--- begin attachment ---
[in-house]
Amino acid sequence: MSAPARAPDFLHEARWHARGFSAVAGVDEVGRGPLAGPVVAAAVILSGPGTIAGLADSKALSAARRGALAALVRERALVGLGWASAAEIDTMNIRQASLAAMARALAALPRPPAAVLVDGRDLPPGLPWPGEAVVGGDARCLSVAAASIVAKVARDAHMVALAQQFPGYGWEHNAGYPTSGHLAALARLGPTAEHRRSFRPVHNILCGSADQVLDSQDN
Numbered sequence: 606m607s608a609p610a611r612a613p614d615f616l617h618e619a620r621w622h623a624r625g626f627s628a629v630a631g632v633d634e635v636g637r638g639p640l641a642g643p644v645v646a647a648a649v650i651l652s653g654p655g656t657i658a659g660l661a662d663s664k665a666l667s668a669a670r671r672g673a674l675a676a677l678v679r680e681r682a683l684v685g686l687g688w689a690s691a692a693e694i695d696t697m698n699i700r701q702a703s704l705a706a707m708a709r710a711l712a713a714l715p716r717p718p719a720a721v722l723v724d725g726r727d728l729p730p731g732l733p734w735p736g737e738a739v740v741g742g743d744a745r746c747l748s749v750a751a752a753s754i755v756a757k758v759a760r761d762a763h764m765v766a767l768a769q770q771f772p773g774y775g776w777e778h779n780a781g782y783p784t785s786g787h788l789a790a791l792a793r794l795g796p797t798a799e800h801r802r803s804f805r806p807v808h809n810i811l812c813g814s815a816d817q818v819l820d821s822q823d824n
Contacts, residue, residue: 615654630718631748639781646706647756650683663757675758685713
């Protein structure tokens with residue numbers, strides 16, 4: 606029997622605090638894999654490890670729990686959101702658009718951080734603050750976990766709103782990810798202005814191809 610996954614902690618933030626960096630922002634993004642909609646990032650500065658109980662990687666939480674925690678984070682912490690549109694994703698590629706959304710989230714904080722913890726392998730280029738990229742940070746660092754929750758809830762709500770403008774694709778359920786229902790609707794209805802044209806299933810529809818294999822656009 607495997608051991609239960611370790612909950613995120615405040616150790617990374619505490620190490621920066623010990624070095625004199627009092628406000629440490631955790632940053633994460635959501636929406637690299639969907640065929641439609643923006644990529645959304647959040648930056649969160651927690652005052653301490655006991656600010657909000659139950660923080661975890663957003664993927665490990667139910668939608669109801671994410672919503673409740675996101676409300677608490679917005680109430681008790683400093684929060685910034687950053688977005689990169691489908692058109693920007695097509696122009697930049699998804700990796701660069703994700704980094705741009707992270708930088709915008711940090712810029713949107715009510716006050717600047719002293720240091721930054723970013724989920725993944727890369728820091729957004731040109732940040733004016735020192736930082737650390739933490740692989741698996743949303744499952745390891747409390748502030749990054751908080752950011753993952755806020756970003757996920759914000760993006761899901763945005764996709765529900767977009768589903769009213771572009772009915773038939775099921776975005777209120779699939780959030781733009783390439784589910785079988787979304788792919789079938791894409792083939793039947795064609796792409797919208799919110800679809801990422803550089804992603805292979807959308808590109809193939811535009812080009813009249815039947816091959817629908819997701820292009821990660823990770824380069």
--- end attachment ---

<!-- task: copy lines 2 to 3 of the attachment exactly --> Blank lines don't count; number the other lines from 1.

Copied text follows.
Amino acid sequence: MSAPARAPDFLHEARWHARGFSAVAGVDEVGRGPLAGPVVAAAVILSGPGTIAGLADSKALSAARRGALAALVRERALVGLGWASAAEIDTMNIRQASLAAMARALAALPRPPAAVLVDGRDLPPGLPWPGEAVVGGDARCLSVAAASIVAKVARDAHMVALAQQFPGYGWEHNAGYPTSGHLAALARLGPTAEHRRSFRPVHNILCGSADQVLDSQDN
Numbered sequence: 606m607s608a609p610a611r612a613p614d615f616l617h618e619a620r621w622h623a624r625g626f627s628a629v630a631g632v633d634e635v636g637r638g639p640l641a642g643p644v645v646a647a648a649v650i651l652s653g654p655g656t657i658a659g660l661a662d663s664k665a666l667s668a669a670r671r672g673a674l675a676a677l678v679r680e681r682a683l684v685g686l687g688w689a690s691a692a693e694i695d696t697m698n699i700r701q702a703s704l705a706a707m708a709r710a711l712a713a714l715p716r717p718p719a720a721v722l723v724d725g726r727d728l729p730p731g732l733p734w735p736g737e738a739v740v741g742g743d744a745r746c747l748s749v750a751a752a753s754i755v756a757k758v759a760r761d762a763h764m765v766a767l768a769q770q771f772p773g774y775g776w777e778h779n780a781g782y783p784t785s786g787h788l789a790a791l792a793r794l795g796p797t798a799e800h801r802r803s804f805r806p807v808h809n810i811l812c813g814s815a816d817q818v819l820d821s822q823d824n